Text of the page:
Of the 305 children identified with surgical conditions, 81.9% lived in rural areas. The most prevalent causes of surgical conditions reported among rural and urban children were masses (24.0% and 25.5%, respectively), followed by wounds due to injury (19.6% and 16.4%, respectively). Among children with untreated surgical conditions, 79.1% reside in rural areas while 20.9% reside in urban areas. Among children with untreated surgical conditions, the leading reason for not seeking surgical care among children living in both rural and urban areas was a lack of money (40.6% and 31.4%, respectively), and the leading reason for not receiving care in both rural and urban settings was a lack of money (48.0% and 42.8%, respectively).

Our data suggest that over half of the children with a surgical condition surveyed are not receiving surgical care and a large majority of children with surgical needs were living in rural areas. Future interventions aimed at increasing surgical access in rural areas in low-income countries are needed.

Pioneering endoscopic retrograde cholangiopancreatography in a Sub Saharan African hospital: A case series

Background and study aims
Although endoscopic retrograde cholangiopancreatography (ERCP) was introduced in Europe, Asia and America over four decades ago, East Africa and Africa as a whole has been slow in taking up this very important minimally invasive procedure for the management of various hepatopancreaticobiliary conditions. This has led to reliance on open surgery for even simple benign biliary strictures, stones and malignant causes of biliary and pancreatic duct obstruction that can be treated endoscopically without a need for a morbid open surgical intervention. In Uganda, ERCP was introduced in January 2017 after obtaining training and equipment support from Senior Experten Service (SES), German. We therefore report the first six cases of ERCP performed at our endoscopy unit.

Patients and methods
This is a case series report of six patients referred with yellowing of eyes and body itching as the main complaints. They predominantly had raised gamma glutamyl transferase (GGT), alkaline phosphatase (ALP), total bilirubin and direct bilirubin. They also had different imaging investigations demonstrating hepatic ducts dilatation.

Four out of the six patients had complete post ERCP symptom resolution. One patient had partial symptom resolution and the other patient recovered after conversion to open surgery.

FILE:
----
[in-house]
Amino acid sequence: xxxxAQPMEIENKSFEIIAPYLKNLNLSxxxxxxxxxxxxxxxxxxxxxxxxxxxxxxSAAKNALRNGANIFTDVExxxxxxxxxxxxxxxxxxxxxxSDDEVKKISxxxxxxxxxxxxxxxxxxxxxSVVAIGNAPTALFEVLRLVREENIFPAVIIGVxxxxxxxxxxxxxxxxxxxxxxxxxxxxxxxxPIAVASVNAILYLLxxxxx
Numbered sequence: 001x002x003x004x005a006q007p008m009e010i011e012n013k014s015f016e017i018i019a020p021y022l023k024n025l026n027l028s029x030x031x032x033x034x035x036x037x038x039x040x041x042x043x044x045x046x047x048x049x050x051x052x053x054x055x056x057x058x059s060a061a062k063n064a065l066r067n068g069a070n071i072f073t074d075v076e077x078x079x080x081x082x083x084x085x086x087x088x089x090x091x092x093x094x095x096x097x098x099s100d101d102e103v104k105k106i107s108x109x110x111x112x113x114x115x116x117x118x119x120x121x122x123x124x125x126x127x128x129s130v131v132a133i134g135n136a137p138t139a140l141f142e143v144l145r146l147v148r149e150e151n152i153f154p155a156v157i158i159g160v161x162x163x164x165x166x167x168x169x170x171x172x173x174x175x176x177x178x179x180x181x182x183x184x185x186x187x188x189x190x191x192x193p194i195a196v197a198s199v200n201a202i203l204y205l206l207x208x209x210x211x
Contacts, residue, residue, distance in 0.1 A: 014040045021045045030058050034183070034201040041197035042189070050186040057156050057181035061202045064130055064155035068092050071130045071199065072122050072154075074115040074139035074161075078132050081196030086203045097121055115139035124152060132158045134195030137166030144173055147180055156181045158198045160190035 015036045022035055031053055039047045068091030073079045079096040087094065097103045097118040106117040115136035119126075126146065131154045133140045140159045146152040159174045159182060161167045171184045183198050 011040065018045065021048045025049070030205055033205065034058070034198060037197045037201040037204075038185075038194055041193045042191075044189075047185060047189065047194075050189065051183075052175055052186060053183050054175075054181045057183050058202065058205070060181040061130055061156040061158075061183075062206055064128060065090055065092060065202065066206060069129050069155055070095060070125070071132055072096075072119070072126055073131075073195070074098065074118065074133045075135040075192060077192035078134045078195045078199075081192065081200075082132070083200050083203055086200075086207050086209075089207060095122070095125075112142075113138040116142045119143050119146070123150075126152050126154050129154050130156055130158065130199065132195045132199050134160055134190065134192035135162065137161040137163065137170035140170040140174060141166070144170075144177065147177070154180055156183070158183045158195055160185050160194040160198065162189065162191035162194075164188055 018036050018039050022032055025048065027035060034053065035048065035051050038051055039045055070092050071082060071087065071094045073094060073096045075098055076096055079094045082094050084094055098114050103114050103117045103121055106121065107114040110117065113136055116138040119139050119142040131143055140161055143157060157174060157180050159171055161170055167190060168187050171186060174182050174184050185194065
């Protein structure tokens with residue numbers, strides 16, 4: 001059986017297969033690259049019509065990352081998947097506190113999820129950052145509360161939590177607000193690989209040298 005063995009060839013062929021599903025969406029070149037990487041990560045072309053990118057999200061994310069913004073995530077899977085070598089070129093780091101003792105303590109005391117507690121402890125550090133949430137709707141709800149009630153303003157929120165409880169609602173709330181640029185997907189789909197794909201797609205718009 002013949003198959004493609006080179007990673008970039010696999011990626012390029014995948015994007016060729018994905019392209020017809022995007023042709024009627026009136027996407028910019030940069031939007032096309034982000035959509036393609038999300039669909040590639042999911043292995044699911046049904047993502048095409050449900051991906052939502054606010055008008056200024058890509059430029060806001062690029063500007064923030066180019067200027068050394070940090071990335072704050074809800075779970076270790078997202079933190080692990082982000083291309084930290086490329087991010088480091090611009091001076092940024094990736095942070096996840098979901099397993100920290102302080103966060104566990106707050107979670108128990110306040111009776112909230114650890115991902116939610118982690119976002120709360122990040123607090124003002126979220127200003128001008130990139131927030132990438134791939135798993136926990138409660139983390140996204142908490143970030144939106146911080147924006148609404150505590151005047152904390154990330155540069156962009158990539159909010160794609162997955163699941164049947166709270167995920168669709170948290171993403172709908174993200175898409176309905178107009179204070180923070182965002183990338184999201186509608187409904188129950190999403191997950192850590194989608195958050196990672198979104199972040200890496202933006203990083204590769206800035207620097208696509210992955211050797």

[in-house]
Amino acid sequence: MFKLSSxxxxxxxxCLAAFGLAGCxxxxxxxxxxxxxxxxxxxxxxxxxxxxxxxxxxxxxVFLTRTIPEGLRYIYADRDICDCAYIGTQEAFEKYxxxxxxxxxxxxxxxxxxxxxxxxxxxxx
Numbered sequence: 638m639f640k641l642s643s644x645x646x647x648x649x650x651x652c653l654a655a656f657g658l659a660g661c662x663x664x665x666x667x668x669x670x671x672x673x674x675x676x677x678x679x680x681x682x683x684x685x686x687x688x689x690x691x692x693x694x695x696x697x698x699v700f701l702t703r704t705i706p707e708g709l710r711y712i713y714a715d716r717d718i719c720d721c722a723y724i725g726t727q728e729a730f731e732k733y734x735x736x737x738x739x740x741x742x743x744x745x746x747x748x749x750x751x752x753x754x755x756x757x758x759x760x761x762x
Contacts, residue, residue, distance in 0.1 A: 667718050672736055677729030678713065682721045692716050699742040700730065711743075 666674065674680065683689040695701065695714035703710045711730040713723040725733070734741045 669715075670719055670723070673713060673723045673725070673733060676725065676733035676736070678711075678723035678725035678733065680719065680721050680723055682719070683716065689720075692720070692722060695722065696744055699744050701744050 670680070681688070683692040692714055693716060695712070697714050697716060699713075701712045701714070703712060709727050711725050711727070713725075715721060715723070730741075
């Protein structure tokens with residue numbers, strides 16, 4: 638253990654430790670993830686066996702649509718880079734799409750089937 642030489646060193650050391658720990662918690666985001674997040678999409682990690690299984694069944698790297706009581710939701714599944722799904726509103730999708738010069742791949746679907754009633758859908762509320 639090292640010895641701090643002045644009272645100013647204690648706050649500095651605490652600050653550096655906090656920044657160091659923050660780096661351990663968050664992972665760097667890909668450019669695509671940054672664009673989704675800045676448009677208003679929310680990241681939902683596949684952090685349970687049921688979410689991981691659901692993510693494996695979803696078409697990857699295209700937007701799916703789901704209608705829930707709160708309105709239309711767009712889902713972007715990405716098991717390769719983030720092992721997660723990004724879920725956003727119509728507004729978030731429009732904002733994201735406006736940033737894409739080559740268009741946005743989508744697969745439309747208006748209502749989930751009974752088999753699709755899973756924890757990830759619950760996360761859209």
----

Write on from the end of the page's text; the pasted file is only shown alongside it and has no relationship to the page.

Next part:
Collaborative skills transfer made ERCP feasible in our institute and this marked the start of this specialised service in Uganda.

Demand and capacity to integrate pelvic organ prolapse and genital fistula services in low-resource settings.

There is a need for expanded access to safe surgical care in low- and middle-income countries (LMICs) as illustrated by the report of the 2015 Lancet Commission on Global Surgery. Packages of closely-related surgical procedures may create platforms of capacity that maximize impact in LMIC. Pelvic organ prolapse (POP) and genital fistula care provide an example. Although POP affects many more women in LMICs than fistula, donor support for fistula treatment in LMICs has been underway for decades, whereas treatment for POP is usually limited to hysterectomy-based surgical treatment, occurring with little to no donor support. This capacity-building discrepancy has resulted in POP care that is often non-adherent to international standards and in non-integration of POP and fistula services, despite clear areas of similarity and overlap. The objective of this study was to assess the feasibility and potential value of integrating POP services at fistula centers.

Fistula repair sites supported by the Fistula Care Plus project were surveyed on current demand for and capacity to provide POP, in addition to perceptions about integrating POP and fistula repair services.

Respondents from 26 hospitals in sub-Saharan Africa and South Asia completed the survey. Most fistula centers (92%) reported demand for POP services, but many cannot meet this demand. Responses indicated a wide variation in assessment and grading practices for POP; approaches to lower urinary tract symptom evaluation; and surgical skills with regard to compartment-based POP, and urinary and rectal incontinence. Fistula surgeons identified integration synergies but also potential conflicts.

Integration of genital fistula and POP services may enhance the quality of POP care while increasing the sustainability of fistula care.